Posted by: singularlogic | April 15, 2009

The Advertising Equation Needs to Change

by Paul Douglas

The discussion about the free media content model is accelerating as technology, economics, advertisers, and providers come to grips with reality. Tim Leberecht of the blog Electroniker creatively and succinctly state to newspapers – Innovate or Die when it comes to advertising and editorial. The issue being that content providers need to examine how they integrate an advertiser’s message with content.

On the flip side Leberecht cites Alan Moore who urges urges advertisers “to change the currency of advertising – from display, to something that is more like a service that enables people. That is: more relevant, more contextual, more life-enabling. That is where the money is.”

The consumer is the part of this new equation that is missing. Content provider, Advertiser (majority payer) and consumer (most of the time minority payer but many times they get the content for free). In order to keep content free or at low cost to consumers, they realize the role the advertiser plays, and pays. I contend the consumer now wants to take an active role in determining the type and style of advertising content they receive. The supporting evidence ranges from opt-in newsletters, social networks heavily supported by advertisers, and a genre of company that supports social networks like Live World and Communispace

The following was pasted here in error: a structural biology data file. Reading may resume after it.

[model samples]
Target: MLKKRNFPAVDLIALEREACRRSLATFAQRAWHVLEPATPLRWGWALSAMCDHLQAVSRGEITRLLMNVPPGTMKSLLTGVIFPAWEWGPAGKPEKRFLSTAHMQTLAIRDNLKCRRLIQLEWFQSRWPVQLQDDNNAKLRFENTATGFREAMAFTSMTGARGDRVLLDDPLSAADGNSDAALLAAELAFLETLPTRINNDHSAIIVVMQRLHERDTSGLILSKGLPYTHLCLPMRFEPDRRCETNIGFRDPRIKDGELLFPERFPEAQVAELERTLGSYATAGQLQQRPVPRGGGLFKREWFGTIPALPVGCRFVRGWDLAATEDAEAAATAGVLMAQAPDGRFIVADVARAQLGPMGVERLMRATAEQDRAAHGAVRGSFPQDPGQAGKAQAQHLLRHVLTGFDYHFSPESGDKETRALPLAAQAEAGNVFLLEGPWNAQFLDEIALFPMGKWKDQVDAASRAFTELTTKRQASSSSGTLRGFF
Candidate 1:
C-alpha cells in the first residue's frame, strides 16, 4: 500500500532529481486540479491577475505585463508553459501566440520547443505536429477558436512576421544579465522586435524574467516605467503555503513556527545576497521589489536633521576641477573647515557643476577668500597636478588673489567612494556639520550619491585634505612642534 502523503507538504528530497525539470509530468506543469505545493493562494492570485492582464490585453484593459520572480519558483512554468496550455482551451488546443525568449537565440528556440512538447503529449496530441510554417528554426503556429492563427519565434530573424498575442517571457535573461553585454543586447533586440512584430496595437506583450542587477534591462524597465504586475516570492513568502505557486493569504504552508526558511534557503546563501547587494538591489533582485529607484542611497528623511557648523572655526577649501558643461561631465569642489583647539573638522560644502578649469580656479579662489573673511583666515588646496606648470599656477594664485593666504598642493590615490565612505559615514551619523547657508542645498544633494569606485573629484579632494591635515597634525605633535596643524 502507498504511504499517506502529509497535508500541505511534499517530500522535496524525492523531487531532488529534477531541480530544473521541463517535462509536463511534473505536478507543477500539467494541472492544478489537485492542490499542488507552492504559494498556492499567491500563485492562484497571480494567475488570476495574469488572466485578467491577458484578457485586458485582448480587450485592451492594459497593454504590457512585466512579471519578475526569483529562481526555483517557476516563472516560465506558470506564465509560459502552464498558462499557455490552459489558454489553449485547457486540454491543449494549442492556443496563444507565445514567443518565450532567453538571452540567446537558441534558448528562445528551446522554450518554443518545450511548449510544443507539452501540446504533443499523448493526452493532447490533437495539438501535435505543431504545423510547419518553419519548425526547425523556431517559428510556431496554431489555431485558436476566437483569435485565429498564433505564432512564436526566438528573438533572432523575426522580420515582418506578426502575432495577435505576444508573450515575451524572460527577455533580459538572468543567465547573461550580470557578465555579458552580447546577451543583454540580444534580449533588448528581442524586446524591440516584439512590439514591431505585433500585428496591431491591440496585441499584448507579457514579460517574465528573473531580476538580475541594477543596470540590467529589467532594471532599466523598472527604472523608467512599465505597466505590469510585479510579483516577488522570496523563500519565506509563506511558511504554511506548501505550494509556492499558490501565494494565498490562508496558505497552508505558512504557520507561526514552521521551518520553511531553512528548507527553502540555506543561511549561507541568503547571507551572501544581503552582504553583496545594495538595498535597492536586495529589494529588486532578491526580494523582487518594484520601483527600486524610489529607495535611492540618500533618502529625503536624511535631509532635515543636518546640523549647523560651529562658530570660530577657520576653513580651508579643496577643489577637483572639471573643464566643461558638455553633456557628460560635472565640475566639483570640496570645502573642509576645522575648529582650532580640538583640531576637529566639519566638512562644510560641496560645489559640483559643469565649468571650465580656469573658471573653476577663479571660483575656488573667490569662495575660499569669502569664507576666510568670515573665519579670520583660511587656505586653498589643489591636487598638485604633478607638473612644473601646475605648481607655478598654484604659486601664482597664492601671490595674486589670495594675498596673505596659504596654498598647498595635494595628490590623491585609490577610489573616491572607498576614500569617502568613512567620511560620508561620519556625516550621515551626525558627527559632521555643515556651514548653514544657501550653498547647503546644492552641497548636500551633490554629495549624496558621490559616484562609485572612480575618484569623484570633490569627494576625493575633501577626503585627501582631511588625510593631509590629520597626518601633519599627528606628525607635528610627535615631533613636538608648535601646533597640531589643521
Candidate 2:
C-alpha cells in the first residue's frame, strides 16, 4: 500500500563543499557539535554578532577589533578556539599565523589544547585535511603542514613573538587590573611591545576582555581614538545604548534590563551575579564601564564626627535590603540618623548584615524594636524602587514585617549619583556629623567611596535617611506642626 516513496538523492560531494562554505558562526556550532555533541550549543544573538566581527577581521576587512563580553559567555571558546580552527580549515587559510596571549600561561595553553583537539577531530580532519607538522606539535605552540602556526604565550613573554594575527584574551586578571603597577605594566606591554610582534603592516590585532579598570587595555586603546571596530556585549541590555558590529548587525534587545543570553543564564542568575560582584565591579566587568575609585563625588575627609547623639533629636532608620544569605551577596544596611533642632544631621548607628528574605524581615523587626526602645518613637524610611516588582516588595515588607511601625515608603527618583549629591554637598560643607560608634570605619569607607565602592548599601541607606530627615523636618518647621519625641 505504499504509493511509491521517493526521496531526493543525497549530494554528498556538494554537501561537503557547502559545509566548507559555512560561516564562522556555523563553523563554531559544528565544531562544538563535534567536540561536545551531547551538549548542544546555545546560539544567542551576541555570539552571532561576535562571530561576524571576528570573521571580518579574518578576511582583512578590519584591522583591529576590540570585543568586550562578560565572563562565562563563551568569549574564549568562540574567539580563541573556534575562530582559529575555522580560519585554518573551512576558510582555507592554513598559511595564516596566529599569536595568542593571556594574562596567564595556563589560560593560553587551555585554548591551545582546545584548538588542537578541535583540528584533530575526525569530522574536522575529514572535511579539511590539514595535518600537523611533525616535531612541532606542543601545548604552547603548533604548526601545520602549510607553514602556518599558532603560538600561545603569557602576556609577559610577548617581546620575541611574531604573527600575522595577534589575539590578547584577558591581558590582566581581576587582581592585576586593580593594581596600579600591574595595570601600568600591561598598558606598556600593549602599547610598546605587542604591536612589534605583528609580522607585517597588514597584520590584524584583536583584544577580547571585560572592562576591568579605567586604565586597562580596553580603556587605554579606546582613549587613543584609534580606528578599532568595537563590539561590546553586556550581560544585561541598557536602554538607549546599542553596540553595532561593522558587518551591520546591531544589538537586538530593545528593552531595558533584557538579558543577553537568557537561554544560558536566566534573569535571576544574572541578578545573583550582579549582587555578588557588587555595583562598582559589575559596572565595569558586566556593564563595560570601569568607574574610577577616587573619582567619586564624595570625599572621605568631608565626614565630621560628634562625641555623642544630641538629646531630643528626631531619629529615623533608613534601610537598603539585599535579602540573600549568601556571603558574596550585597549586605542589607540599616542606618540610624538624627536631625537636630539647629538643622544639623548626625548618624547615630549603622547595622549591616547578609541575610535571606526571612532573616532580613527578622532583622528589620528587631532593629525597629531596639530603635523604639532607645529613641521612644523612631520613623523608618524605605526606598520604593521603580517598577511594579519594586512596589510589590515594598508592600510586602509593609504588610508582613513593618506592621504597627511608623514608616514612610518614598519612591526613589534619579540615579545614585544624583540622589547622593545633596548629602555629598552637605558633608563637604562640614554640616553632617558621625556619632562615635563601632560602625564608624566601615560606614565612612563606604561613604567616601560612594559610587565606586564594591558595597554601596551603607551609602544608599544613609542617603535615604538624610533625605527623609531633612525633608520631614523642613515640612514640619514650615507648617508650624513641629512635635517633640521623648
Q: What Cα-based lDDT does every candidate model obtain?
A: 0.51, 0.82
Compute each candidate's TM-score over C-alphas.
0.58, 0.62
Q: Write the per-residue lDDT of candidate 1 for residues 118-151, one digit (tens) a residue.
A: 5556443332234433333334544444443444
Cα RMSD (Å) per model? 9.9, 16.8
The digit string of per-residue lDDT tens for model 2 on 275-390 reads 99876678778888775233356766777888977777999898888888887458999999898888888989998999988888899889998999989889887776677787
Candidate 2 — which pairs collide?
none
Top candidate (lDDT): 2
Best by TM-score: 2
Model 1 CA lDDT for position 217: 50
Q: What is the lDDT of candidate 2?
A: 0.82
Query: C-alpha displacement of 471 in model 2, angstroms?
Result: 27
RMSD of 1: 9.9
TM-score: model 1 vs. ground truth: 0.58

To Moore’s point, this is an opportunity for advertisers to think more creatively about how they move from display (or in the electronic medium interruption) to forms that have more relevance. The entire media world is transforming from a speech to an ongoing conversation; why should advertising be exempt from this trend? The ability to choose one’s display advertising is a way to engage and incentivize consumers, it has the best chance of creating the CPM lift the industry needs right now to successfully monetize content. It’s clear that the old ways, holdovers from 1950s Madison Avenue, aren’t working as effectively and efficiently as they could be. Mad Men aside, it’s time to find new, privacy-friendly ways to engage consumers and create that value-added dialogue. From the content provider’s perspective, delivering a more engaged viewer, even interactive viewer, is the piece content aggregators and advertisers are now capable of delivering. The technology is there, but do we (collectively) have the will to flip the switch?


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